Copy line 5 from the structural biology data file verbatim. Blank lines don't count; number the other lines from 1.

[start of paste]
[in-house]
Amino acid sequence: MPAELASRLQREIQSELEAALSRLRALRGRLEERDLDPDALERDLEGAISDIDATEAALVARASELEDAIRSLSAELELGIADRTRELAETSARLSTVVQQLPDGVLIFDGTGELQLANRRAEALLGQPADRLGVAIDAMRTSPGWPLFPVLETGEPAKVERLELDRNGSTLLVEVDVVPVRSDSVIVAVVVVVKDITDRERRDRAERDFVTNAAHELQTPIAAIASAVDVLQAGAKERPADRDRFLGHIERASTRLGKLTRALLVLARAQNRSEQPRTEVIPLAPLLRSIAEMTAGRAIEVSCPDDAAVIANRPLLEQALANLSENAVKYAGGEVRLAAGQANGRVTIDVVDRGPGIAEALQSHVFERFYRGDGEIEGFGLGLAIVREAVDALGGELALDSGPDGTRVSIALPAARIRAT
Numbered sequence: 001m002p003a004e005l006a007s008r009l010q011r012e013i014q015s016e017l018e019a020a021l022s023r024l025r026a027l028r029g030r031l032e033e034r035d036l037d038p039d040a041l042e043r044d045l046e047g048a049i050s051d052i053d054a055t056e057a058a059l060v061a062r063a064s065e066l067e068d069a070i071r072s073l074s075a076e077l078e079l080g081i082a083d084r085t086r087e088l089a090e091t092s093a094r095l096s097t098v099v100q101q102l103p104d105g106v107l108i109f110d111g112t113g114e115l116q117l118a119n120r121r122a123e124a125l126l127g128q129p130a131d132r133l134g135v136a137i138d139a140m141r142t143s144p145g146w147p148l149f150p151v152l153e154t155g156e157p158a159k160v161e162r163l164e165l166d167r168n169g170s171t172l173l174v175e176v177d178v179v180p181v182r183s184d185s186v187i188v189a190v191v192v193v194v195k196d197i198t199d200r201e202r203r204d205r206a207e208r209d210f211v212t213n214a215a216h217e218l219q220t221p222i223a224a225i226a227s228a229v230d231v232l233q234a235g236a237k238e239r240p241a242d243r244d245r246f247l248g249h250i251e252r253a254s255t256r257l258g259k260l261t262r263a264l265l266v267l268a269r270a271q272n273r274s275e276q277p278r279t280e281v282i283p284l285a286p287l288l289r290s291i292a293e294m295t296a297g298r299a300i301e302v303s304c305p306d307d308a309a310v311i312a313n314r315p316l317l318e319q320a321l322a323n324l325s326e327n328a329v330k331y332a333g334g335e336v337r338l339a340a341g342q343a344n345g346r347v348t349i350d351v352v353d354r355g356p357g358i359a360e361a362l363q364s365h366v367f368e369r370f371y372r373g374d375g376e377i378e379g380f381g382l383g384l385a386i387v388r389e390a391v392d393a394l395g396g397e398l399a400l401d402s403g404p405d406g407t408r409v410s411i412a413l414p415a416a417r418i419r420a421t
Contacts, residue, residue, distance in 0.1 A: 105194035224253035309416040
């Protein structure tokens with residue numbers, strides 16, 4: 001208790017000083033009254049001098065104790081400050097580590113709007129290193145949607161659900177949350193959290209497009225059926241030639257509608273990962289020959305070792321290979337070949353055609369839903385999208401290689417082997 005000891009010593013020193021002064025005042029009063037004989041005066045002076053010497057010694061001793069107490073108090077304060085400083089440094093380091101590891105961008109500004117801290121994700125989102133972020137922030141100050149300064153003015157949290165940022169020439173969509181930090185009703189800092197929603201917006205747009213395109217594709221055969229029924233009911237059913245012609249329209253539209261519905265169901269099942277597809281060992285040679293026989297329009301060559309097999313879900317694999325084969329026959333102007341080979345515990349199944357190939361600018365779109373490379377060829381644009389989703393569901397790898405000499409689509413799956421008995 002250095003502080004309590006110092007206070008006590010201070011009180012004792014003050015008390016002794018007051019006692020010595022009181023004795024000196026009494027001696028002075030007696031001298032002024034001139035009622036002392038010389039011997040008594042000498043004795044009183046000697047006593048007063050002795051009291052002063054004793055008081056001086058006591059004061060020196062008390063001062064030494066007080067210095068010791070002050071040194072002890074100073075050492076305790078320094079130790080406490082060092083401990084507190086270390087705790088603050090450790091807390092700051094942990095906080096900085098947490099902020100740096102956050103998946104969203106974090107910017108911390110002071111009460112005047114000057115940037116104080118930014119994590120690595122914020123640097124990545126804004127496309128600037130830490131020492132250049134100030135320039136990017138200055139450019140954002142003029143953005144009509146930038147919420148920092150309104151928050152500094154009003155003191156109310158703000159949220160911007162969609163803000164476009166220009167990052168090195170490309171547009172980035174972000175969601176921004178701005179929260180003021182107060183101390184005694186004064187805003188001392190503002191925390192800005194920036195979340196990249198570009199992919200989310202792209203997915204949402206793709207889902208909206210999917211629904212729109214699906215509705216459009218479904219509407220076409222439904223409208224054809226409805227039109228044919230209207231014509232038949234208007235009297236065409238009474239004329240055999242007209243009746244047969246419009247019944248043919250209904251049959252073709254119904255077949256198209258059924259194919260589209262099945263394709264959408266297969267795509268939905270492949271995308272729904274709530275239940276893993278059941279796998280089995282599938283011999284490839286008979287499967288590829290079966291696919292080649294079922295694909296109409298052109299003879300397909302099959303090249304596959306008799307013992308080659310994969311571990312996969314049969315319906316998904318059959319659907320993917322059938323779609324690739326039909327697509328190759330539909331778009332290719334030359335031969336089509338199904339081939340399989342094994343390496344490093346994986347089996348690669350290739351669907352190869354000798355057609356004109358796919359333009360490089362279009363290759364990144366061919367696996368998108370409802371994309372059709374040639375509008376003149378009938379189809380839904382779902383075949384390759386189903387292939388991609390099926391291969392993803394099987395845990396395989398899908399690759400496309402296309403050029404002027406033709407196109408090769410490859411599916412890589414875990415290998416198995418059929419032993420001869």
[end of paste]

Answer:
């Protein structure tokens with residue numbers, strides 16, 4: 001208790017000083033009254049001098065104790081400050097580590113709007129290193145949607161659900177949350193959290209497009225059926241030639257509608273990962289020959305070792321290979337070949353055609369839903385999208401290689417082997 005000891009010593013020193021002064025005042029009063037004989041005066045002076053010497057010694061001793069107490073108090077304060085400083089440094093380091101590891105961008109500004117801290121994700125989102133972020137922030141100050149300064153003015157949290165940022169020439173969509181930090185009703189800092197929603201917006205747009213395109217594709221055969229029924233009911237059913245012609249329209253539209261519905265169901269099942277597809281060992285040679293026989297329009301060559309097999313879900317694999325084969329026959333102007341080979345515990349199944357190939361600018365779109373490379377060829381644009389989703393569901397790898405000499409689509413799956421008995 002250095003502080004309590006110092007206070008006590010201070011009180012004792014003050015008390016002794018007051019006692020010595022009181023004795024000196026009494027001696028002075030007696031001298032002024034001139035009622036002392038010389039011997040008594042000498043004795044009183046000697047006593048007063050002795051009291052002063054004793055008081056001086058006591059004061060020196062008390063001062064030494066007080067210095068010791070002050071040194072002890074100073075050492076305790078320094079130790080406490082060092083401990084507190086270390087705790088603050090450790091807390092700051094942990095906080096900085098947490099902020100740096102956050103998946104969203106974090107910017108911390110002071111009460112005047114000057115940037116104080118930014119994590120690595122914020123640097124990545126804004127496309128600037130830490131020492132250049134100030135320039136990017138200055139450019140954002142003029143953005144009509146930038147919420148920092150309104151928050152500094154009003155003191156109310158703000159949220160911007162969609163803000164476009166220009167990052168090195170490309171547009172980035174972000175969601176921004178701005179929260180003021182107060183101390184005694186004064187805003188001392190503002191925390192800005194920036195979340196990249198570009199992919200989310202792209203997915204949402206793709207889902208909206210999917211629904212729109214699906215509705216459009218479904219509407220076409222439904223409208224054809226409805227039109228044919230209207231014509232038949234208007235009297236065409238009474239004329240055999242007209243009746244047969246419009247019944248043919250209904251049959252073709254119904255077949256198209258059924259194919260589209262099945263394709264959408266297969267795509268939905270492949271995308272729904274709530275239940276893993278059941279796998280089995282599938283011999284490839286008979287499967288590829290079966291696919292080649294079922295694909296109409298052109299003879300397909302099959303090249304596959306008799307013992308080659310994969311571990312996969314049969315319906316998904318059959319659907320993917322059938323779609324690739326039909327697509328190759330539909331778009332290719334030359335031969336089509338199904339081939340399989342094994343390496344490093346994986347089996348690669350290739351669907352190869354000798355057609356004109358796919359333009360490089362279009363290759364990144366061919367696996368998108370409802371994309372059709374040639375509008376003149378009938379189809380839904382779902383075949384390759386189903387292939388991609390099926391291969392993803394099987395845990396395989398899908399690759400496309402296309403050029404002027406033709407196109408090769410490859411599916412890589414875990415290998416198995418059929419032993420001869």